Slow Rise Spray Foam Insulation
DETERMINE YOUR GOALS
The first step in any successful project is making sure you know what you are setting out to accomplish. With an enclosed wall that is going to be filled with slow rise spray foam, there really isn’t an option to spray a specific thickness.
What gets pumped into the wall is going to end up the size of the empty space. So, the great news is that in a standard 2×4 framed wall, you’ll end up with 3.5+ inches of dense, moisture stopping closed cell foam. The downside is that 2 inches of closed cell foam would also get you great results at about half the cost, but with the added expense of removing and reinstalling drywall.
DO THE MATH
Your total required number of spray foam kits is determined by your total board feet need. A board-foot is one squared foot at one inch thick. If you are filling a 2×4 framed wall, take the length times the height of the wall to get the square footage, and then multiply that number by the thickness of empty space you are filling, in this case, 4”.
Take your total board-feet need of all of your walls, and then add about 20% or more for waste. Divide your total board-feet need by 600 (the board-feet a Foam it Green 602 kit can cover), round it up to the next whole kit, and place your order!
Keep in mind, the amount a kit can cover is measured in “free rise” meaning how much it would expand to if it was not held back by anything. With slow rise foam, the studs, substrate, and curing foam will prevent the foam from expanding as much as it would if you sprayed it on an open surface. This is why more waste should be factored in for this type of project.
PREPARE FOR SUCCESS
It’s difficult to get foam off of surfaces it hits. So, be sure to take the time to cover anything you do not want foam stuck to including floors, windows, equipment in the area, and even you once you start spraying! Along with the recommended PPE, the sprayer should have no exposed skin or hair during application. How do you get foam out of a beard? In a word, scissors. Foam can expand out of the holes you’ve made in the walls, so attaching plastic sheeting or drop cloths to the baseboard or just under the holes is recommended. Whatever tubing you decide to purchase to attach to the nozzles to feed into the wall should be pre-cut, no longer than 3 feet long, and attached to the nozzles to prevent you from having to make them once you start spraying.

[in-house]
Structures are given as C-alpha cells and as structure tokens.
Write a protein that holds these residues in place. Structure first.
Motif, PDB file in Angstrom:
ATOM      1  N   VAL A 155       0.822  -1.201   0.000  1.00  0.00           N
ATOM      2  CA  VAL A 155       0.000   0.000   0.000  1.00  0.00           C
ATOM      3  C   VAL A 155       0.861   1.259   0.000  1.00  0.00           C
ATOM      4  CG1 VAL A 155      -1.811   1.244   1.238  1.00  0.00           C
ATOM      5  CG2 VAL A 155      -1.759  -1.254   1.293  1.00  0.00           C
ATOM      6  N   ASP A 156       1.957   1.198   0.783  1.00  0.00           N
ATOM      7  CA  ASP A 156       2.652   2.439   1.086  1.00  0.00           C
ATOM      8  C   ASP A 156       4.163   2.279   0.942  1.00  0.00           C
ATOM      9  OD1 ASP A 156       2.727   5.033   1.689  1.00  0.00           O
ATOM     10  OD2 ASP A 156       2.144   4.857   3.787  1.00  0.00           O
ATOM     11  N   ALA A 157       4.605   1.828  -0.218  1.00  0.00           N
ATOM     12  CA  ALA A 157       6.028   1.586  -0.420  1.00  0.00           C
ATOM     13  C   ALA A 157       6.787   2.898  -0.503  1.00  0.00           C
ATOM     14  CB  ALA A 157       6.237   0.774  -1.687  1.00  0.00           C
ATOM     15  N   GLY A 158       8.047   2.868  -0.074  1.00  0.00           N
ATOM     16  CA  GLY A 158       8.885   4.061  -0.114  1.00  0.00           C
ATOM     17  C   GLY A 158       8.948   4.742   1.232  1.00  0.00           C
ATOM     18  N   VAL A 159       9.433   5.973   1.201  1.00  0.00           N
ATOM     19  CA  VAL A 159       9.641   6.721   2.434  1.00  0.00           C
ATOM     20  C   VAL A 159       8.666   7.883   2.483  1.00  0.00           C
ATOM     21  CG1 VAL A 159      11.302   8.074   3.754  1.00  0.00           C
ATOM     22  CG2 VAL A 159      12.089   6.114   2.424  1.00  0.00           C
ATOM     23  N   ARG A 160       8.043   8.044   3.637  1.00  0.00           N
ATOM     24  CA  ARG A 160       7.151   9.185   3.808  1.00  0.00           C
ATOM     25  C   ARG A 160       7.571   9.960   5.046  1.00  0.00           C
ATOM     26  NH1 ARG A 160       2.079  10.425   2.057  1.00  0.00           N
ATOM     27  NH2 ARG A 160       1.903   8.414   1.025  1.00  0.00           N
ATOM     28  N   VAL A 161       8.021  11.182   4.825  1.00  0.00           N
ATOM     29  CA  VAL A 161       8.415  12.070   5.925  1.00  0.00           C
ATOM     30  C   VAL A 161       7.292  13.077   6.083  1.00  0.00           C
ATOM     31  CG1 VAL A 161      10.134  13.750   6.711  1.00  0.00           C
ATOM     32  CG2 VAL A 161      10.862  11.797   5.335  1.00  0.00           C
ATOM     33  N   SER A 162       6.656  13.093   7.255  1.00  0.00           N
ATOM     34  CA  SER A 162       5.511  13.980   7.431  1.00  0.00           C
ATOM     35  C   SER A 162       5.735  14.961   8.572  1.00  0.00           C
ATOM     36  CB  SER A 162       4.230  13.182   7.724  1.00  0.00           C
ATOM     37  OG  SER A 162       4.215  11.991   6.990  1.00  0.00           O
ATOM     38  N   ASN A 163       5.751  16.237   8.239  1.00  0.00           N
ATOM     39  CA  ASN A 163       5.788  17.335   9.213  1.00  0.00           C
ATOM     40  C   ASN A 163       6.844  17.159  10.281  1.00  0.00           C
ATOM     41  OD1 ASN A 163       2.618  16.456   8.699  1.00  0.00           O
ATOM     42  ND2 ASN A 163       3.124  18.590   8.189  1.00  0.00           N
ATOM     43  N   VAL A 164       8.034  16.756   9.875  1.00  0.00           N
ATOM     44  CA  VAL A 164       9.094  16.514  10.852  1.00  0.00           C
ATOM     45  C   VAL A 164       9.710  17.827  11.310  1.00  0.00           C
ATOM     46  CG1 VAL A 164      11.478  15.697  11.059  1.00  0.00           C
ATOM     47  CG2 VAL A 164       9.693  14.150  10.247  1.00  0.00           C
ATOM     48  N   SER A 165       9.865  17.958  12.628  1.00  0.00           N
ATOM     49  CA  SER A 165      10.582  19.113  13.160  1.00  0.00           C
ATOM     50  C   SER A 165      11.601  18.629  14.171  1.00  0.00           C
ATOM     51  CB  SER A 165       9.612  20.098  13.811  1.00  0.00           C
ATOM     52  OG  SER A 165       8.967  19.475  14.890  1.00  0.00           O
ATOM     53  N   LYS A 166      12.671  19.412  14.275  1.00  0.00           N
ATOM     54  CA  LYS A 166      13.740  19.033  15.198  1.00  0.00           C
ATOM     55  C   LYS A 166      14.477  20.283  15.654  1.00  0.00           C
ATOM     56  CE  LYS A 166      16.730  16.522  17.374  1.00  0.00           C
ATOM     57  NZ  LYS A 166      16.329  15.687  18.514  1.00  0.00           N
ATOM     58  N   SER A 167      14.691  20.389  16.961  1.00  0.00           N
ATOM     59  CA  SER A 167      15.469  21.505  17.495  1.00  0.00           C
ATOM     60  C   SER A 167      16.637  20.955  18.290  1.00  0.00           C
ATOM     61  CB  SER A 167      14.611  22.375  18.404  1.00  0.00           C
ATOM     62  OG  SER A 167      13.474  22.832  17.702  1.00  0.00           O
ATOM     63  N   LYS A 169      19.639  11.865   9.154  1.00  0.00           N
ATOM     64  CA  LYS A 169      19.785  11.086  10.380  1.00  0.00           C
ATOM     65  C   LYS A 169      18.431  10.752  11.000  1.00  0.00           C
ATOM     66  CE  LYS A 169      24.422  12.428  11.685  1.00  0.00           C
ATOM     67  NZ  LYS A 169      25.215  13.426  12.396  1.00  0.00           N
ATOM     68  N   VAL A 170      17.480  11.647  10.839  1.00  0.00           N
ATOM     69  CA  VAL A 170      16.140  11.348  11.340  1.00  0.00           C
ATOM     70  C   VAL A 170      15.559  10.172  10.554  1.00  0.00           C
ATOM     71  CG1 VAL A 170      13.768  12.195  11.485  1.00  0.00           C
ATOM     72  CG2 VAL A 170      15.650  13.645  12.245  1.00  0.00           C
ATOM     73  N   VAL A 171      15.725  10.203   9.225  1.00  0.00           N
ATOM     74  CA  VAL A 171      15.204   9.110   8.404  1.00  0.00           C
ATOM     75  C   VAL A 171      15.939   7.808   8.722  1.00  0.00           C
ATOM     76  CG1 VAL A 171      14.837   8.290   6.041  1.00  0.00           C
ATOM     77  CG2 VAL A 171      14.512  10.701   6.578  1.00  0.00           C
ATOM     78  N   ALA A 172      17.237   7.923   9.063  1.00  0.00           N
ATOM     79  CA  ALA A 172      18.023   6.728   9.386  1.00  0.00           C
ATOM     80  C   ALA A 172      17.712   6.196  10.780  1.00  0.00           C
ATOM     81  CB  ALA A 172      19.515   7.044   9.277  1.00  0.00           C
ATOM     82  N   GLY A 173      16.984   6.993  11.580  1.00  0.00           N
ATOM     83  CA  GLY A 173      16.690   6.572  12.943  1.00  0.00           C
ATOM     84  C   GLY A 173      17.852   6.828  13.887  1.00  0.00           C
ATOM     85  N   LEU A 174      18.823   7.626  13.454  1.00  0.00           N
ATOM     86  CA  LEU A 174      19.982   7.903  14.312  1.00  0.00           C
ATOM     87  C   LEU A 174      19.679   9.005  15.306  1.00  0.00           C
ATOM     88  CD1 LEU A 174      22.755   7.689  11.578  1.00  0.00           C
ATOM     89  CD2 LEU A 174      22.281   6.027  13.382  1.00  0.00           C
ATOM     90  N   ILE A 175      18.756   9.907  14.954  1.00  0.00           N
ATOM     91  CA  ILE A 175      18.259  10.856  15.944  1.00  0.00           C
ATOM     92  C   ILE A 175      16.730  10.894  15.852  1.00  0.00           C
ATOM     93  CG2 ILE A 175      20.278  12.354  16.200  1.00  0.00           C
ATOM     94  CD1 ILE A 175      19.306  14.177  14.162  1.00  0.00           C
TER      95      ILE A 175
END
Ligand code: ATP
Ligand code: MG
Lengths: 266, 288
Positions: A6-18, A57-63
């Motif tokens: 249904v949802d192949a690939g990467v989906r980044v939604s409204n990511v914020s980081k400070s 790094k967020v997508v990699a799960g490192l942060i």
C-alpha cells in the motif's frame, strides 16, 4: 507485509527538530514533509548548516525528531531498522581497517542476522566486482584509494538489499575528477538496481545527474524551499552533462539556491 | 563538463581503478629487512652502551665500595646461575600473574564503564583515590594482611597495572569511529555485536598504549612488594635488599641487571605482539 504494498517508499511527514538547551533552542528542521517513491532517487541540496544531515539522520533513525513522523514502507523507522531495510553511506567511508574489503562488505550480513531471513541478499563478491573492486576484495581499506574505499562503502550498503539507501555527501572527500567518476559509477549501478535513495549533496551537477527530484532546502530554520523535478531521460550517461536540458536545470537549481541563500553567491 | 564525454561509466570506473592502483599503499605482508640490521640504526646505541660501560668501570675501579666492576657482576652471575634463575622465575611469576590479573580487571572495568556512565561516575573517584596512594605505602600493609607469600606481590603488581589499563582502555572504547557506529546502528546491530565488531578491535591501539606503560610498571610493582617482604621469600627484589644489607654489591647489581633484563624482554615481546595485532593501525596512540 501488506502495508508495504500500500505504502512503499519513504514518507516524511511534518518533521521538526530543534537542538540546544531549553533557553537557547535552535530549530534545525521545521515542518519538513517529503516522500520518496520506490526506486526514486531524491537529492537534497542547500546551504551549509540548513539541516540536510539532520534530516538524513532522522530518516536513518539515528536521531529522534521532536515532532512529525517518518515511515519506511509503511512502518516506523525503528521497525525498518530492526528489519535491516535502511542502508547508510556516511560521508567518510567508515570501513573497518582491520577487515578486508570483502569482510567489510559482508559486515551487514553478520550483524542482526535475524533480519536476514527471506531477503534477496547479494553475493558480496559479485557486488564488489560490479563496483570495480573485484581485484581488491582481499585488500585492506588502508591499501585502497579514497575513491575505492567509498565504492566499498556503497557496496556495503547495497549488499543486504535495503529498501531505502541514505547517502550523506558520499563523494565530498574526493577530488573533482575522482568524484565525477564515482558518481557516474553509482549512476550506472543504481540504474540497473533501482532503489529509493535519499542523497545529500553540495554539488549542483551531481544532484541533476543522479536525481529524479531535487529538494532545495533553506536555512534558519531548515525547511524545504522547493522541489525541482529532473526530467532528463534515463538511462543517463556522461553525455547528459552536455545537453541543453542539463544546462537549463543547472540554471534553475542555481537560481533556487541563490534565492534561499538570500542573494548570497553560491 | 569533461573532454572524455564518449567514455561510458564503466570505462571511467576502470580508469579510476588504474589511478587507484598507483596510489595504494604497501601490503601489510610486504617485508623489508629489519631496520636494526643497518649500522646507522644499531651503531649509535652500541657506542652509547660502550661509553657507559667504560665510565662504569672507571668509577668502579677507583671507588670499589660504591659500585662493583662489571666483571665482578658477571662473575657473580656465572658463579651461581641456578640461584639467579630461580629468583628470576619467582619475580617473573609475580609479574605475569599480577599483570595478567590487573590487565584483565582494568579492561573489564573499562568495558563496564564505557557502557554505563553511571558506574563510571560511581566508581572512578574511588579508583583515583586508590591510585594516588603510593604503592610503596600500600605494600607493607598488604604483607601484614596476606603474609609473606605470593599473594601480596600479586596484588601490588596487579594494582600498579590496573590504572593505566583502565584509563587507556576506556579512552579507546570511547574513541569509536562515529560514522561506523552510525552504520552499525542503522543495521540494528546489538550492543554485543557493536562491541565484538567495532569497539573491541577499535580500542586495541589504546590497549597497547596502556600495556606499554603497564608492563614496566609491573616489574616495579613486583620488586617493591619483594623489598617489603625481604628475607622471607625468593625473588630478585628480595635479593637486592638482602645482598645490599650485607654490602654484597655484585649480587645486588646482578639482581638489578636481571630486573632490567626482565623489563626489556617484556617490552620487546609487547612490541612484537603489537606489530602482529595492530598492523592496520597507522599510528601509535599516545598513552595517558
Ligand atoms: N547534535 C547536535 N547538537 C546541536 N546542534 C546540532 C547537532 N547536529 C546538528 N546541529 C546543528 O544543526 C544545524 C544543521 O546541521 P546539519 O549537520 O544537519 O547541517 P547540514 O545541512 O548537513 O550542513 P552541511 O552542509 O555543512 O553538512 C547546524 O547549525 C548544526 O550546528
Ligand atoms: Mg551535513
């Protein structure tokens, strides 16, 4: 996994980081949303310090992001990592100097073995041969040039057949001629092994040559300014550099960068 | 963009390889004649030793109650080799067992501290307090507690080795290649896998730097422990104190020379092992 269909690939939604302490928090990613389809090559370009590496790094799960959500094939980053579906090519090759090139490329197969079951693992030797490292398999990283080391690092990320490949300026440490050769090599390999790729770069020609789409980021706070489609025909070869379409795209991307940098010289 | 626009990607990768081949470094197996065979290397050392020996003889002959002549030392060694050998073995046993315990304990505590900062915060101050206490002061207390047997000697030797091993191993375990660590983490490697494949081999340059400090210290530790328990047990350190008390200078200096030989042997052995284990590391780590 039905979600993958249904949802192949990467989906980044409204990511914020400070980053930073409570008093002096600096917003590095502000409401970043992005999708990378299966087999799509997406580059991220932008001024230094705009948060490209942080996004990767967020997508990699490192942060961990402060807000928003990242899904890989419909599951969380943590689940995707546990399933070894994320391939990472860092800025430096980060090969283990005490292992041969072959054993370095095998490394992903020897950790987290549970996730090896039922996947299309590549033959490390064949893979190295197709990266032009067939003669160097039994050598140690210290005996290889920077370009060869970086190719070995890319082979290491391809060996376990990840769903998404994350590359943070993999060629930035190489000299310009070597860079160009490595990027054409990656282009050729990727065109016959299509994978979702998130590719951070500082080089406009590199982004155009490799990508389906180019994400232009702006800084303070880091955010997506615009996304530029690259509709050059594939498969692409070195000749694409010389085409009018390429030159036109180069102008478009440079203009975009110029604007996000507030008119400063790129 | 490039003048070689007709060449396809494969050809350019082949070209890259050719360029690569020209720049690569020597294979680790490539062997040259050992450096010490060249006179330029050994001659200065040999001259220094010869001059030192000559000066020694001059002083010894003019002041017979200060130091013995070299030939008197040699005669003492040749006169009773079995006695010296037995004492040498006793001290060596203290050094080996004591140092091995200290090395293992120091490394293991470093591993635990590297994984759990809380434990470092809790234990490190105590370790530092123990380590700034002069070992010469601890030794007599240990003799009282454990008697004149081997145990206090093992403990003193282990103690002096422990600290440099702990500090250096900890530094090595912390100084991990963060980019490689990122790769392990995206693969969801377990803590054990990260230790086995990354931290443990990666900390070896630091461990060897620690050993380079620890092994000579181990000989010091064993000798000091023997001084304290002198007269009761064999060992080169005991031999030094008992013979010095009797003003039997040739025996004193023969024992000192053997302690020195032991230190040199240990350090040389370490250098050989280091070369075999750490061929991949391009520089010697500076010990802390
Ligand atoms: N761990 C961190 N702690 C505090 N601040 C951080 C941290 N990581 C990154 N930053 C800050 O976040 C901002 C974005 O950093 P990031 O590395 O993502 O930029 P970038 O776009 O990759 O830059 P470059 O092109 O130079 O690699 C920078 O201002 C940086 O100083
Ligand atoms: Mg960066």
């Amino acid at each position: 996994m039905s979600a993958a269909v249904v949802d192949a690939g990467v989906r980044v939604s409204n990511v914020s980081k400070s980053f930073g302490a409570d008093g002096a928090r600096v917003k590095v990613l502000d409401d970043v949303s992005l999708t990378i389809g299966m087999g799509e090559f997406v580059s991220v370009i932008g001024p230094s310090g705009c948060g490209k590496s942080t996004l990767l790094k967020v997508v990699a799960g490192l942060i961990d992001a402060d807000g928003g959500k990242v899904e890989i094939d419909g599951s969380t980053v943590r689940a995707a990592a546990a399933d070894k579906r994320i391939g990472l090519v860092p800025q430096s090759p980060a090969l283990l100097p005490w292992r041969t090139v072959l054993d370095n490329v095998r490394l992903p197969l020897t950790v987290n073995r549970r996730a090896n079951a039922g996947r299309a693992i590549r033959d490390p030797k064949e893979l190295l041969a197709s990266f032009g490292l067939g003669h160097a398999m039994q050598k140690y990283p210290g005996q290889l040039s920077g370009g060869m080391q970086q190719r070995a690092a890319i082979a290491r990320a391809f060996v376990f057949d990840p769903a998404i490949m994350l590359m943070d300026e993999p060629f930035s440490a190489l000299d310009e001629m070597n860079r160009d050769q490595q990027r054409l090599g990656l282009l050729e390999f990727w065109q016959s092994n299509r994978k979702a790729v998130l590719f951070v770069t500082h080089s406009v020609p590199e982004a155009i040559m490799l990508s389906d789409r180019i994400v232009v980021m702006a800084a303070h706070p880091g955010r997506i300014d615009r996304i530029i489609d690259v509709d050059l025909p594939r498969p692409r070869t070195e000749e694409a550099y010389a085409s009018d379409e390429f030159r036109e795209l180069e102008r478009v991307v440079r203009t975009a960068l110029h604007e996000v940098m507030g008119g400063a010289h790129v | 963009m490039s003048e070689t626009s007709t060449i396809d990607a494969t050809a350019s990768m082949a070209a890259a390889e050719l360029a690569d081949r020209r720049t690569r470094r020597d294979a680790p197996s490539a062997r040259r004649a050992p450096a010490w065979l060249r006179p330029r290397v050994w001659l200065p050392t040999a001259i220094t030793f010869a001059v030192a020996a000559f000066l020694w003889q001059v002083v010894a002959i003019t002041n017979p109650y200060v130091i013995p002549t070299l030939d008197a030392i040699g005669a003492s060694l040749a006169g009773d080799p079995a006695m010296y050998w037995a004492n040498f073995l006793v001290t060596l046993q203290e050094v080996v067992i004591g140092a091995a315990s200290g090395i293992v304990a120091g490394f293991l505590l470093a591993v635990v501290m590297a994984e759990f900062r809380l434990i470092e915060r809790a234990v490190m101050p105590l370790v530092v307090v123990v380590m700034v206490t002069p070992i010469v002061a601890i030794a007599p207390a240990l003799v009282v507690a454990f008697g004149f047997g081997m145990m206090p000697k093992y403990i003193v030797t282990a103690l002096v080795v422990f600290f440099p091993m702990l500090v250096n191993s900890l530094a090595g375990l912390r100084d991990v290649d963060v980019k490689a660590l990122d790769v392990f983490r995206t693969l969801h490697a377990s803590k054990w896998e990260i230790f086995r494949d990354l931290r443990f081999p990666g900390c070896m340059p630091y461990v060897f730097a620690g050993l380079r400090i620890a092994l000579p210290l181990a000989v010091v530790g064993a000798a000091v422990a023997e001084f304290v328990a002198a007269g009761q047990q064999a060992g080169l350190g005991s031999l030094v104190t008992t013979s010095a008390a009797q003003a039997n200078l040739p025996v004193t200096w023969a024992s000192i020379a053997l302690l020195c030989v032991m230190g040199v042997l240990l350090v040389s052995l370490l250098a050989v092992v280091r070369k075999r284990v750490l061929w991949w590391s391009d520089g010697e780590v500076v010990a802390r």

There is no one-size-fits-all approach to how long to hold the trigger when filling a wall cavity. Most customers inject foam into just a single opening at the beginning, and then count to ten-one-thousand and release. Watch and wait to see how high the foam expands. If it comes up past the hole, reduce your time for trigger pull. Conversely, if it doesn’t make it to the hole, add time.
SPECIAL NOTES ABOUT CEILINGS/UNDER FLOORS
How to patch the holes that need to be made in the walls to inject the foam is up to the user. Just remember, bigger holes means bigger patches! “Splinting” the tubing can be helpful to make sure you are pointing the foam downward in the cavity. The outer diameter of the threaded end of the mixing nozzle is 5/16”, so whatever tubing the user selects should ideally have an inner diameter also that size for a snug fit.
It is highly recommended to use clear tubing, because the foam going into the cavity absolutely must be light green in color to ensure it will bond, expand, and cure. Pumping off-ratio component into a wall creates a very laborious removal situation that may require opening up the wall. In a standard height wall, holes can be made between each set of studs at 3’, 6’, and then as close to the top of the wall as possible.
Be aware of any horizontal fire stops in between the studs as these will also stop the foam from traveling where it needs to go. Slow rise foam can only be used in an empty, vertical wall.
Overhead ceiling or floor applications are not recommended, and any pre-existing insulation in the cavity will prevent the foam from fully filling.
Slow-Rise Closed Cell Spray Foam!
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